April 16, 2010

We Can Do Better Than This











As I was reading the newspaper the other day I noticed two images similar to the ones above side by side in a features section. Were they intended to be juxtaposed in order to jolt our reality chip, or was it just a sick mistake? It reminded me that the gap between rich and poor continues to widen.

If we were starting from scratch, is this really the kind of world we would design for ourselves? One in which a few have multiple homes including hundred-room mansions on acres of park-like gated property, while millions live in mud and squalor?

"Unlit highways run past canyons of smouldering garbage before giving way to dirt streets weaving through 200 slums, their sewers running with raw waste. So much of the city is a mystery. No one even knows for sure the size of the population – officially it is 6 million, but most experts estimate it at 10 million – let alone the number of murders each year [or] the rate of HIV infection.

Lagos, moreover, is simply the biggest node in the shantytown corridor of 70 million people that stretches from Abidjan to Ibadan, probably the biggest continuous footprint of urban poverty on earth.
" http://www.ranadasgupta.com/notes.asp?note_id=31

And the problem is not getting any better in spite of developed nations paying plenty of lip service to the elimination of poverty in recent years. The "State of the World's Cities - 2010/2011" report by the Nairobi-based UN-HABITAT shows that the number of slum dwellers has been increasing due to unequal access to peace and prosperity for an increasing number of the world's citizens.

Number of slum dwellers skyrockets
By Bradley Brooks, THE ASSOCIATED PRESS


SAO PAULO, Brazil - The number of people living in slum conditions increased by 51 million during the past 10 years, despite global efforts to halt poverty, according to a United Nations' report released Friday.

The report by the Nairobi-based U.N.-Habitat said that the number of slum dwellers rose to 828 million in 2010, while also noting that about 227 million people were able to escape such conditions in the past decade - double as many forecast in the U.N. Millennium Goals set in 2000.

"Success is highly skewed toward the more advanced emerging economies, while poorer countries have not done as well," said Habitat executive director Anna Tibaijuka. "For this reason, there is no room for complacency." http://cnews.canoe.ca/CNEWS/World/2010/03/19/13295831-ap.htm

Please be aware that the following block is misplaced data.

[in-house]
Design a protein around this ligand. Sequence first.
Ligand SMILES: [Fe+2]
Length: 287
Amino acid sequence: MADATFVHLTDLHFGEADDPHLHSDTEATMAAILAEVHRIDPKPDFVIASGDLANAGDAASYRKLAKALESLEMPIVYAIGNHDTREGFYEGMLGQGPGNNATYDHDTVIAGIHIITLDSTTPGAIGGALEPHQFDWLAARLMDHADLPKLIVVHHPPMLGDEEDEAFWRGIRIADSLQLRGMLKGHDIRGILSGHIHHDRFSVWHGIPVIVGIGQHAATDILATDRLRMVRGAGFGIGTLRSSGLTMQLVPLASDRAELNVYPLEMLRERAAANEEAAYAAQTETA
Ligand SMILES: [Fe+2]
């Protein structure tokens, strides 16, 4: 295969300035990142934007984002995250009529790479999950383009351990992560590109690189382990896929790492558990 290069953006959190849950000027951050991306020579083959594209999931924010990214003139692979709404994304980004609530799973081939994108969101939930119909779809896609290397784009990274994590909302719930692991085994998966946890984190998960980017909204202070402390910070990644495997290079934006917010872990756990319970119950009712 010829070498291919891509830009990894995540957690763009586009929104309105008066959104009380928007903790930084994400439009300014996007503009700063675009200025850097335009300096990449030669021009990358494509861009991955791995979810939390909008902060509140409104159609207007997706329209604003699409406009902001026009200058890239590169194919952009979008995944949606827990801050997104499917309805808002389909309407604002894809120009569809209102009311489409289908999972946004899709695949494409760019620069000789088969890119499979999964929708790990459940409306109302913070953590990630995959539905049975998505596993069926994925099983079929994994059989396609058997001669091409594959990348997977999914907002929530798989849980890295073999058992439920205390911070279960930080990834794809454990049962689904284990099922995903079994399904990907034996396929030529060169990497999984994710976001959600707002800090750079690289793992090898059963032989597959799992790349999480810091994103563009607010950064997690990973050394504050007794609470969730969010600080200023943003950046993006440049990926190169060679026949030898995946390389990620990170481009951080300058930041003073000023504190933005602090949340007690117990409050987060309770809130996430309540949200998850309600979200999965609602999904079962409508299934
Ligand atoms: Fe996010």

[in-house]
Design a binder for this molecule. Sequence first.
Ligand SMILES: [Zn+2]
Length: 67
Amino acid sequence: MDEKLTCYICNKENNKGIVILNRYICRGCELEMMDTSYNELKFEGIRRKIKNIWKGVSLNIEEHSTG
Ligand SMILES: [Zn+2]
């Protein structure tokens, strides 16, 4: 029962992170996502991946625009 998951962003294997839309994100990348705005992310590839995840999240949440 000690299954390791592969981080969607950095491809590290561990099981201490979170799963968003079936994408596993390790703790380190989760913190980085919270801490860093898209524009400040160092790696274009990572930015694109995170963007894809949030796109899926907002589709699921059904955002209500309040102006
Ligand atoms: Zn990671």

The following statistics on Poverty and Inequality highlight a system that is not working for a majority of humanity.

  • "While global GNP grew 40 percent between 1970 and 1985 (suggesting widening prosperity), the number of poor grew by 17 percent.

    UNDP reported in 1996 that 100 countries were worse off than 15 years ago.

    In 1998, that 20 percent of the world's people living in the highest-income countries accounted for 86 percent of total private consumption expenditures while the poorest 20 percent accounted for only 1.3 percent. That's down from 2.3 percent three decades ago.

    These related phenomena led UN development experts to observe that the world is heading toward "grotesque inequalities," concluding: "Development that perpetuates today's inequalities is neither sustainable nor worth sustaining."

    UNDP calculates that an annual 4 percent levy on the world's 225 most well-to-do people (average 1998 wealth: $4.5 billion) would suffice to provide the following essentials for all those in developing countries: adequate food, safe water and sanitation, basic education, basic health care and reproductive health care. At present, 160 of those individuals live in OECD countries; 60 reside in the United States.

  • The wealth of the three most well-to-do individuals exceeds the combined GDP of the 48 least developed countries.

    The United Nations Development Program (UNDP) reported in 1998 that the world's 225 richest people have a combined wealth of $1 trillion. That's equal to the combined annual income of the world's 2.5 billion poorest people." http://www.globalpolicy.org/component/content/article/218/46377.html



    We created this unjust and unequal system and we can create a new one which is more equitable and inclusive. The lives of billions depend on us doing the right thing. Will we disappoint them yet again, or is now the time we are going to take actions to start living right on this planet?

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